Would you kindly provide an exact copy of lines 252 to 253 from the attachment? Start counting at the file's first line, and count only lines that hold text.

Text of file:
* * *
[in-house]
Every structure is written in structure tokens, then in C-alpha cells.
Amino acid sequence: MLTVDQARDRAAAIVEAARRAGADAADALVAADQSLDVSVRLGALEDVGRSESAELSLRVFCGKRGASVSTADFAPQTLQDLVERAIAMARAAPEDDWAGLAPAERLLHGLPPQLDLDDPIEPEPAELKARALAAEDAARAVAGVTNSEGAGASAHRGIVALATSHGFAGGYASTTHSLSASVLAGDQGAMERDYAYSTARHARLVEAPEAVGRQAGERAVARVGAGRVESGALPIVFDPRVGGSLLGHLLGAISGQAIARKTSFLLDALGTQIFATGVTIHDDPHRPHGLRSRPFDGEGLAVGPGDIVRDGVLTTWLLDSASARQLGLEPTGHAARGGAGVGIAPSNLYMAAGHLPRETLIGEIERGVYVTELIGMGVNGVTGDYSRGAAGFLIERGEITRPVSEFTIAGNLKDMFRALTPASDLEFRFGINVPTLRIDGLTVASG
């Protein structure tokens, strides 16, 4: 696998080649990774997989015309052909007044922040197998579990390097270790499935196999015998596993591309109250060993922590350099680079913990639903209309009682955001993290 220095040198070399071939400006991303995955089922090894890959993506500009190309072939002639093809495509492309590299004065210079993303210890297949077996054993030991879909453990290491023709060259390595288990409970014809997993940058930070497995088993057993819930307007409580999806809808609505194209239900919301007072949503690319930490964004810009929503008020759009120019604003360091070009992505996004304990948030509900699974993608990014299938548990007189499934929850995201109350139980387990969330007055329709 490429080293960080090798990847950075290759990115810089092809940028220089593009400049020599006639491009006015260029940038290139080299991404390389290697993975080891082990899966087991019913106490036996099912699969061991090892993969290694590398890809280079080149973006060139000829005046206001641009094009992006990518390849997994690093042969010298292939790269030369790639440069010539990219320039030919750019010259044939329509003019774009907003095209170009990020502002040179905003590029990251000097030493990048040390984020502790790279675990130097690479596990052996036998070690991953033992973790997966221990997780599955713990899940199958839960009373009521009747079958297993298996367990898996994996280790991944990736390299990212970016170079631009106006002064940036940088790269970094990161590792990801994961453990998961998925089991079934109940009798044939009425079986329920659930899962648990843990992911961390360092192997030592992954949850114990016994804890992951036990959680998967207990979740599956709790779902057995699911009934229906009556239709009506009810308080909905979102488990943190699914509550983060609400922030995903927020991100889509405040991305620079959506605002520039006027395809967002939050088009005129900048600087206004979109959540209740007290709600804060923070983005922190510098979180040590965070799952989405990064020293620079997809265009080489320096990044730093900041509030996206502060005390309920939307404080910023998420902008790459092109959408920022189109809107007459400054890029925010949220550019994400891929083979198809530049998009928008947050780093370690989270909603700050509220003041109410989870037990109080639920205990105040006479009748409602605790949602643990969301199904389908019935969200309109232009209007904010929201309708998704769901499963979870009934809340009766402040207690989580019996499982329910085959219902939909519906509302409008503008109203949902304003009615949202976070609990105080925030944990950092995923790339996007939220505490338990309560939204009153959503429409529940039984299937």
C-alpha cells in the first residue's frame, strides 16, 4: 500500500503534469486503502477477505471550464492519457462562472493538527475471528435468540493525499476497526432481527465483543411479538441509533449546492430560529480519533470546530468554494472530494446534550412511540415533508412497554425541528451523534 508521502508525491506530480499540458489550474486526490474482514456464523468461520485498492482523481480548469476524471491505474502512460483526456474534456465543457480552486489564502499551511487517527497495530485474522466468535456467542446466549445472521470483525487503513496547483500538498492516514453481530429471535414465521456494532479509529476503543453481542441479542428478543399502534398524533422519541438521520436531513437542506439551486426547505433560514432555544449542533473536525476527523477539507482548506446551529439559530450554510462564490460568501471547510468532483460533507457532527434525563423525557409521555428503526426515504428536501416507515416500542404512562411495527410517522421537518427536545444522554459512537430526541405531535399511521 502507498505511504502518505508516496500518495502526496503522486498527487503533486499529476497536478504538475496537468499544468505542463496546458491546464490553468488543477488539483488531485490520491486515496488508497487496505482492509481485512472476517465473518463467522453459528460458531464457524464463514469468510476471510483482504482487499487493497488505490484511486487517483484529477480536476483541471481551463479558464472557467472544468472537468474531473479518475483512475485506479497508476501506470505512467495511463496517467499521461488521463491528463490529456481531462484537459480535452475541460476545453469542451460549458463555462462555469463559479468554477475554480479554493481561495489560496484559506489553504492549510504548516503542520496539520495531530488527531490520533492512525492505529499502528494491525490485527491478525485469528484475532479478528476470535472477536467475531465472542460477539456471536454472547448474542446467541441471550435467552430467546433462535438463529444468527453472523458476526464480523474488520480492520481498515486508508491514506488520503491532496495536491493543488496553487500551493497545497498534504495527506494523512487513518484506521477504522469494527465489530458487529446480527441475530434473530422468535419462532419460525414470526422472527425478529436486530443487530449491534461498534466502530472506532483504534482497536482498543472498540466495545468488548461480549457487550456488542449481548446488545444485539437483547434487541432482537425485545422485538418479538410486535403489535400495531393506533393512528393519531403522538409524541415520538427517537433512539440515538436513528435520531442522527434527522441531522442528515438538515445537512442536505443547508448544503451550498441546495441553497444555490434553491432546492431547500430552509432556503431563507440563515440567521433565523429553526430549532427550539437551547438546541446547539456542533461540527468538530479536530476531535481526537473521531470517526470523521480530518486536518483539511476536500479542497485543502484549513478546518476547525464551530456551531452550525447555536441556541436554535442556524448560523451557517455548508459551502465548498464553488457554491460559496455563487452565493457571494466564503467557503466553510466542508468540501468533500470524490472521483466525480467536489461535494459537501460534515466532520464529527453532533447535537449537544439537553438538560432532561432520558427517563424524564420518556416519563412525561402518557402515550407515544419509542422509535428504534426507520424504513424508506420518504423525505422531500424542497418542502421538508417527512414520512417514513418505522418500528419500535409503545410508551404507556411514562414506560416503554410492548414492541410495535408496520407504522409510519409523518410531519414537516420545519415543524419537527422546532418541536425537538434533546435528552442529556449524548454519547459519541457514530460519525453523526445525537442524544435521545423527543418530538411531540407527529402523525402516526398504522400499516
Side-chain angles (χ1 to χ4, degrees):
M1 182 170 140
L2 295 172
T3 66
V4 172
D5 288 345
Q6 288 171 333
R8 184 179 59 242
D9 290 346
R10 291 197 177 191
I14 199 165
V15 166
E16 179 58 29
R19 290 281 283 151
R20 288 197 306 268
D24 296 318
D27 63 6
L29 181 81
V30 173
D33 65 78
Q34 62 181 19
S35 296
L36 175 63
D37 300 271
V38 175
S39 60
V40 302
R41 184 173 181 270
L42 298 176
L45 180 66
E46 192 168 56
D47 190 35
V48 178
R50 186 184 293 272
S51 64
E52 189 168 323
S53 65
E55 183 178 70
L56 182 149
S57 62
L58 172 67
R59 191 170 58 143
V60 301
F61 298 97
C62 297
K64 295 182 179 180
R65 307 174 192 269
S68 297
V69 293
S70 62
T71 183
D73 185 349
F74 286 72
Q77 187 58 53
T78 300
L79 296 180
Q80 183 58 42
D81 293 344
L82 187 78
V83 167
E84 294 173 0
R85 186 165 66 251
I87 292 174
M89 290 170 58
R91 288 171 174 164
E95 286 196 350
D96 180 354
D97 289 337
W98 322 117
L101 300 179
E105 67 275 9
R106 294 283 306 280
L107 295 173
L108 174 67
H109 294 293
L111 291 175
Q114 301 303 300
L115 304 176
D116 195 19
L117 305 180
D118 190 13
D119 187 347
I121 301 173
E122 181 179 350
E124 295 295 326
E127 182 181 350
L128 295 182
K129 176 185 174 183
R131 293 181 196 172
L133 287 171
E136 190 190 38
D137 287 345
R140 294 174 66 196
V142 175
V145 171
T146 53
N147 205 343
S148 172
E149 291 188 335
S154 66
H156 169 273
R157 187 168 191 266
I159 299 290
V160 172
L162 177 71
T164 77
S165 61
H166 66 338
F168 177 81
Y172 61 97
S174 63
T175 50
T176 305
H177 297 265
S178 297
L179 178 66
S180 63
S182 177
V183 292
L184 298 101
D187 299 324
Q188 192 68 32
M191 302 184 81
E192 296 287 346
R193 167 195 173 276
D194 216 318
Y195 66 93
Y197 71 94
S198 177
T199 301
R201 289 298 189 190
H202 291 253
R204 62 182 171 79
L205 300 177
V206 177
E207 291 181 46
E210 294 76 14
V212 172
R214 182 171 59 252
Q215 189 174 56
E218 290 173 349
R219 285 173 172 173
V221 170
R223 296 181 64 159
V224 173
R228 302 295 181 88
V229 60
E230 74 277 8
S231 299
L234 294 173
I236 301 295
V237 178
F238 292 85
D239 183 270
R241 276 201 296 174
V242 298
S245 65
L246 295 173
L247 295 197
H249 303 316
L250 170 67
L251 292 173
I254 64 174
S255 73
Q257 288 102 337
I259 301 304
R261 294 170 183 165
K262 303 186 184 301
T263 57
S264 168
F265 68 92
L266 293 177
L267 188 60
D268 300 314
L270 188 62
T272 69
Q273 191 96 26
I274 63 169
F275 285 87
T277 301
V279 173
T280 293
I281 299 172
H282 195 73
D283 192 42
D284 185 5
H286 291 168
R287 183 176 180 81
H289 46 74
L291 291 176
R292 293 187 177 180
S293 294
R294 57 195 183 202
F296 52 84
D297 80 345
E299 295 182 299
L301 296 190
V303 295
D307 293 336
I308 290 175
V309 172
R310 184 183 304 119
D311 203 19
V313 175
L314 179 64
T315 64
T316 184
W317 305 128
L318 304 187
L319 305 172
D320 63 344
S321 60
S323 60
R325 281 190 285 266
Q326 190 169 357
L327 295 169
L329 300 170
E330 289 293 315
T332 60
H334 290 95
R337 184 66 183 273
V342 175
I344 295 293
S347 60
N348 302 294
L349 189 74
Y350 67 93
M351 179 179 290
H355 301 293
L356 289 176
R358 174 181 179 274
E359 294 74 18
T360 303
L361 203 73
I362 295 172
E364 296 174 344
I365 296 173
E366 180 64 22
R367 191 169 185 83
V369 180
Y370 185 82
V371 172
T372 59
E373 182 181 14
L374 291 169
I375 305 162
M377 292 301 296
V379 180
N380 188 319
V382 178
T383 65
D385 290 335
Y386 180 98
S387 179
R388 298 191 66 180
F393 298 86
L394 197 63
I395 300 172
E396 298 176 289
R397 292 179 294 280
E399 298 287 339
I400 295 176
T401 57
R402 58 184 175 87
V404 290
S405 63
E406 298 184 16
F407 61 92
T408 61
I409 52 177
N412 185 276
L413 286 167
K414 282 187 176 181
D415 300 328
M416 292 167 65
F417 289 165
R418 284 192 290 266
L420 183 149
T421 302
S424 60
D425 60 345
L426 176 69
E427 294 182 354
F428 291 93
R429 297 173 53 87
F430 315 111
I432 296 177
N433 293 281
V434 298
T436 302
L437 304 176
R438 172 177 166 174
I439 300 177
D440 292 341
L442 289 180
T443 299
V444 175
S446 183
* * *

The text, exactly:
M377 292 301 296
V379 180